seeking Caspian Sea watercraft
Wade Tarzia (tarzia@UCONNVM.UCONN.EDU)
Mon, 7 Oct 1996 12:01:59 -0400
>... In the course of doing this, I
>collected numerous references dealing with early watercraft, and travel
--- Actually this reminds me I have a similar question, which I had
forgotten even when answering this "nautical" question two tweeks ago.
I've written a historical fantasy set in 13th century Persia, where the
characters do some roaming on the Caspian Sea. I had to "invent" a
boat-type (based on Persian Gulf types) because I have found no references
to Caspian watercraft, even though I found historical references to
thriving pre-industrial shipping on that sea. The Vikings came down
through the Caspian, we know, but that doesn't help me because I don't know
if they had an impact on boat building -- the Viking style of lapstrake
(clinker) construction and square sails is very different from the Indian
Ocean/Arabian-Pacific tradition of carvel construction and lateen sails,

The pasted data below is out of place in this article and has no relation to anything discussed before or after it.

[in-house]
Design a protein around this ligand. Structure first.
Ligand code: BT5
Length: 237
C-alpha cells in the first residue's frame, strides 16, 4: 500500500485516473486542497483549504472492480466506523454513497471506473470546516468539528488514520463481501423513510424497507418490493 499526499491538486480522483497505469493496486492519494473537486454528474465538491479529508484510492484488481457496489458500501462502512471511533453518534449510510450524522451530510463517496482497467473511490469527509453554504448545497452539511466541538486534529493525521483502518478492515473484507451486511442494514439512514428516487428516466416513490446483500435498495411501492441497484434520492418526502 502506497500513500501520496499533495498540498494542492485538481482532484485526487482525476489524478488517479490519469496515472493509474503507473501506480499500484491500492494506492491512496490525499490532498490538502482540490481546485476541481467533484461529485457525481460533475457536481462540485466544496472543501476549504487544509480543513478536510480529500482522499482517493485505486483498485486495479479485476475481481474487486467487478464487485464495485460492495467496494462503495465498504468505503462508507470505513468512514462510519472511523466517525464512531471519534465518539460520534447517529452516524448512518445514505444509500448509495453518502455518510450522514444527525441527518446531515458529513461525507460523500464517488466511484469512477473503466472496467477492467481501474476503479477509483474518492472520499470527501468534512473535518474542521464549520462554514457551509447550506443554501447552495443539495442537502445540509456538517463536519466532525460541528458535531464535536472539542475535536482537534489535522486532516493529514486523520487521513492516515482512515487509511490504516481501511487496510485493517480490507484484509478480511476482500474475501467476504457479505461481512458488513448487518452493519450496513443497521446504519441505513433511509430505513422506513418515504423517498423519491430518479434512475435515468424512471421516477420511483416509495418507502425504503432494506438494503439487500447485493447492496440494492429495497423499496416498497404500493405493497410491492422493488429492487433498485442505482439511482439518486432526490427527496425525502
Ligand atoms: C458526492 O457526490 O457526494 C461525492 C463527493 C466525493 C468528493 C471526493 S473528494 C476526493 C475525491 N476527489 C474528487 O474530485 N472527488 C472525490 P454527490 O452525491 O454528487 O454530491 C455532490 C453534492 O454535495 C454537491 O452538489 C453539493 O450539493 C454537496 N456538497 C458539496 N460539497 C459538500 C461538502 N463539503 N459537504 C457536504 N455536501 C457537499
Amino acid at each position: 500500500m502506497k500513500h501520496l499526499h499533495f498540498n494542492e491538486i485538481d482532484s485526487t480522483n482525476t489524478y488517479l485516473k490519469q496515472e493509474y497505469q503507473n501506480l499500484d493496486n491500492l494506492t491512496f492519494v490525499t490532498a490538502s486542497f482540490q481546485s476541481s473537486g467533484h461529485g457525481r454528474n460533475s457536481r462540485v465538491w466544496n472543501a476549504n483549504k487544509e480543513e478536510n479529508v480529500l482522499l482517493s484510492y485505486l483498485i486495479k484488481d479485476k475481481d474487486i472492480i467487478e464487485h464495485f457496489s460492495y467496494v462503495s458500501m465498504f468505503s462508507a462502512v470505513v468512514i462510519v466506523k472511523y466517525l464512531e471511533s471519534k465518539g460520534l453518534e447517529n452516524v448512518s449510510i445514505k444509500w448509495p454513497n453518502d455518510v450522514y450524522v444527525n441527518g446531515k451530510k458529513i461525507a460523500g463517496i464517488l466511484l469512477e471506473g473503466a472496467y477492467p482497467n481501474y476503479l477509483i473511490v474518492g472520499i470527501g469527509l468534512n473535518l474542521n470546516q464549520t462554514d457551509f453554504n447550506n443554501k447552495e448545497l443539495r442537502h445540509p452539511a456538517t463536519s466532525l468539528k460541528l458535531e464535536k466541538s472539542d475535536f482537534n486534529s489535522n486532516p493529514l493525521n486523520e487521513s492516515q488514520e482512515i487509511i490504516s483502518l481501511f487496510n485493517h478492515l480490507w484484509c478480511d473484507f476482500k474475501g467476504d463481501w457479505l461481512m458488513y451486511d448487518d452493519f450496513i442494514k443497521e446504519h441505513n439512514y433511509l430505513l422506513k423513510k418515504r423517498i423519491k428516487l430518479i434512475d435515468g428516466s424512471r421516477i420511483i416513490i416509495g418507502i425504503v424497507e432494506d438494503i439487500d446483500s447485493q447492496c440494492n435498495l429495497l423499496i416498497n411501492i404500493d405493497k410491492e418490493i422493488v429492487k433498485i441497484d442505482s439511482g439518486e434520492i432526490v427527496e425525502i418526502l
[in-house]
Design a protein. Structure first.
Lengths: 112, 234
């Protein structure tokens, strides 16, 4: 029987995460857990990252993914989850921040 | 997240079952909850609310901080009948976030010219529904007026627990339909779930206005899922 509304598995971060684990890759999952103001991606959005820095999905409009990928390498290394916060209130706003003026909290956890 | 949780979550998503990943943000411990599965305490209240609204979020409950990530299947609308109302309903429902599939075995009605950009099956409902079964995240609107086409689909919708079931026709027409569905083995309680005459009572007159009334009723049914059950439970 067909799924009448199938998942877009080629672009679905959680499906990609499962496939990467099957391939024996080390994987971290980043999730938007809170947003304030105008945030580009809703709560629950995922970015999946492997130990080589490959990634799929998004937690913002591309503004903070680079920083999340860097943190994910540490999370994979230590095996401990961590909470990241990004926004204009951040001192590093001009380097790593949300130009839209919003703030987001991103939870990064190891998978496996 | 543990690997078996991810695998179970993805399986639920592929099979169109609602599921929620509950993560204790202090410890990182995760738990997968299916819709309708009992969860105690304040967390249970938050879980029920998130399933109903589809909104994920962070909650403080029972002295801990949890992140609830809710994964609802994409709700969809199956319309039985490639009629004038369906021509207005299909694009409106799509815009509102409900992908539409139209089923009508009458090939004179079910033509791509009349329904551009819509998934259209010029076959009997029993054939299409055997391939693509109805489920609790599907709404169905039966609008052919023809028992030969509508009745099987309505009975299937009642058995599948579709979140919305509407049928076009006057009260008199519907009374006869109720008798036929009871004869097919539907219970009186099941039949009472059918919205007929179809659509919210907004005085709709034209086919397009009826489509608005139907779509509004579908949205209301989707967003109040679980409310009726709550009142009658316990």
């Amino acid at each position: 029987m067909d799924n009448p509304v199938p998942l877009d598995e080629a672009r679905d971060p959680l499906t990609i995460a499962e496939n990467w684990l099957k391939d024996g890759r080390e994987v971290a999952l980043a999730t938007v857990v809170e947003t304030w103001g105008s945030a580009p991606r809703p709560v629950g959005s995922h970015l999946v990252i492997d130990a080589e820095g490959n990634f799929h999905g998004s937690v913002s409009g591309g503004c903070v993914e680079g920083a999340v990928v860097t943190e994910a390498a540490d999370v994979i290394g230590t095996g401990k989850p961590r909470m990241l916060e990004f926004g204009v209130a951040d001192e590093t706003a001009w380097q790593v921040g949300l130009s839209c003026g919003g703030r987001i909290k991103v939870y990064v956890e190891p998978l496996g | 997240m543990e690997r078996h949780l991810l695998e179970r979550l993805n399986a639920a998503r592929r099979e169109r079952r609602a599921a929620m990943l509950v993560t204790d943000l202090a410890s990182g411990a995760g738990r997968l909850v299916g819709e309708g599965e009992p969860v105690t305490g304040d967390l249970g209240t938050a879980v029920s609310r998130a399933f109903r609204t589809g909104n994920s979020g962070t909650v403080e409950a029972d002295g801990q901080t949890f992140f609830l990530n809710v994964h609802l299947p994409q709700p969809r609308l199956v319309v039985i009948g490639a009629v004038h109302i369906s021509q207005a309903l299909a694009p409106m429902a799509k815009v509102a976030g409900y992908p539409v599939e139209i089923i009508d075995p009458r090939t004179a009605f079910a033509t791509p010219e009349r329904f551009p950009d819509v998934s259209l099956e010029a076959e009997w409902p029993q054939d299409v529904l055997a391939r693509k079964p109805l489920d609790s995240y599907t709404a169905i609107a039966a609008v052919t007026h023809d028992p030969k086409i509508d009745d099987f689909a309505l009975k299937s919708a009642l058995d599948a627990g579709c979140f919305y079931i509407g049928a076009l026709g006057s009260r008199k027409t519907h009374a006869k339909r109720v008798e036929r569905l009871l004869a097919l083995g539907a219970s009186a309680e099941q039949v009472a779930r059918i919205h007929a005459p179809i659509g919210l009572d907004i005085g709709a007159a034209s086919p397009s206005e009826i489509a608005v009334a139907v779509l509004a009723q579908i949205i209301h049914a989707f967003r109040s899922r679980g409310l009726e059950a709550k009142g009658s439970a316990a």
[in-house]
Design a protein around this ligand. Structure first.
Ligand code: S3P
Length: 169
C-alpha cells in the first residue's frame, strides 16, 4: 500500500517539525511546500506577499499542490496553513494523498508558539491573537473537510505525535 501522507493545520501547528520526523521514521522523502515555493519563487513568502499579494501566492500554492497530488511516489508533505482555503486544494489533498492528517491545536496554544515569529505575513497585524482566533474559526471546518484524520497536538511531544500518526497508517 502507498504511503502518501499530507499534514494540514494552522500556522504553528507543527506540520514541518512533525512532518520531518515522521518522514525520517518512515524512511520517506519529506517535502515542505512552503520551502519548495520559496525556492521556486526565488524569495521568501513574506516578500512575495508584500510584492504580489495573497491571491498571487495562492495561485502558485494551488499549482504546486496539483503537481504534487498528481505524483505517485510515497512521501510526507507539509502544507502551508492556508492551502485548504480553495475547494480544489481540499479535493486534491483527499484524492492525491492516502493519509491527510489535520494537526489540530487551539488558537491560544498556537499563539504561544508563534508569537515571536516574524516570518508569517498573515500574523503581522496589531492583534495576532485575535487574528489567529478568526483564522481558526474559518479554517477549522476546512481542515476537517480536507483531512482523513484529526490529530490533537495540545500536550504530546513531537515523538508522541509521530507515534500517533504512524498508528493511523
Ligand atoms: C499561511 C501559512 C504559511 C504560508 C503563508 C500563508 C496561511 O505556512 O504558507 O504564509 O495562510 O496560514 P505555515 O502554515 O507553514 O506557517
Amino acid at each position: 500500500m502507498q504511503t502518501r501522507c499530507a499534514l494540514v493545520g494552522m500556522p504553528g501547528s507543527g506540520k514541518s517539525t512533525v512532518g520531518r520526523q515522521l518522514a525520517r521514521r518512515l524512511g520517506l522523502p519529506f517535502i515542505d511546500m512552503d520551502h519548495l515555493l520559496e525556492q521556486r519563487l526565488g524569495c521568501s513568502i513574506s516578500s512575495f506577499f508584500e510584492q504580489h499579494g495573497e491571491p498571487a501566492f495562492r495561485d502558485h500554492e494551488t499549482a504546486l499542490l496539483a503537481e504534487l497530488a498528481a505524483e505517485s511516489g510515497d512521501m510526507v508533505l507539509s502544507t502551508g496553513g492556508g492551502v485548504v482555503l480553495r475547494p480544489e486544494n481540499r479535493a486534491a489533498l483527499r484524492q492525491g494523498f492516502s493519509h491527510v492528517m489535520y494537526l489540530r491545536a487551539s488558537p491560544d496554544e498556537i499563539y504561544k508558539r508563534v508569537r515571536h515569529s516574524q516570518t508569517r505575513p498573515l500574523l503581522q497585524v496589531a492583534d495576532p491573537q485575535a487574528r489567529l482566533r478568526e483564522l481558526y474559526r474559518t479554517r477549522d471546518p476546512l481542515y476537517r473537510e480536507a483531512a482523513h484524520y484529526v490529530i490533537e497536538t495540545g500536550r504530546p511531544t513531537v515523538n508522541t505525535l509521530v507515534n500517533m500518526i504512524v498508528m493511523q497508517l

not to mention fastening techniques.
The other side of Persia, the ocean side, had/has a thriving nautical
tradition, but do I assume that this tradition was used on the Caspian (at
least by ship builders dwelling on Iran's Caspian coast?). The lateen
sails best suited for gentle airs of the Persian Gulf do not seem ideal for
the often tempestuous Caspian, but that's only my guess. I read a
references about Mongols crusing the sea, but on what, built with what?
Was there a leather-boat tradition, similar to the Irsh curragh? The best
wood supply seems to be the Iranian coast, close to the mountains of the
hinterland covered in hardwoods. Though I imagine pines would be available
from the south western coast.
In fact, I can find little about any of the people who lived around the
Caspian *coast*, back then or right now, or about the sea itself, except
for somethng in Russian, which I can't read. Any ideas out there? A minor
detail, and I could get away with educated fantasy, but the
anthropology-side of me wants it right! -- wade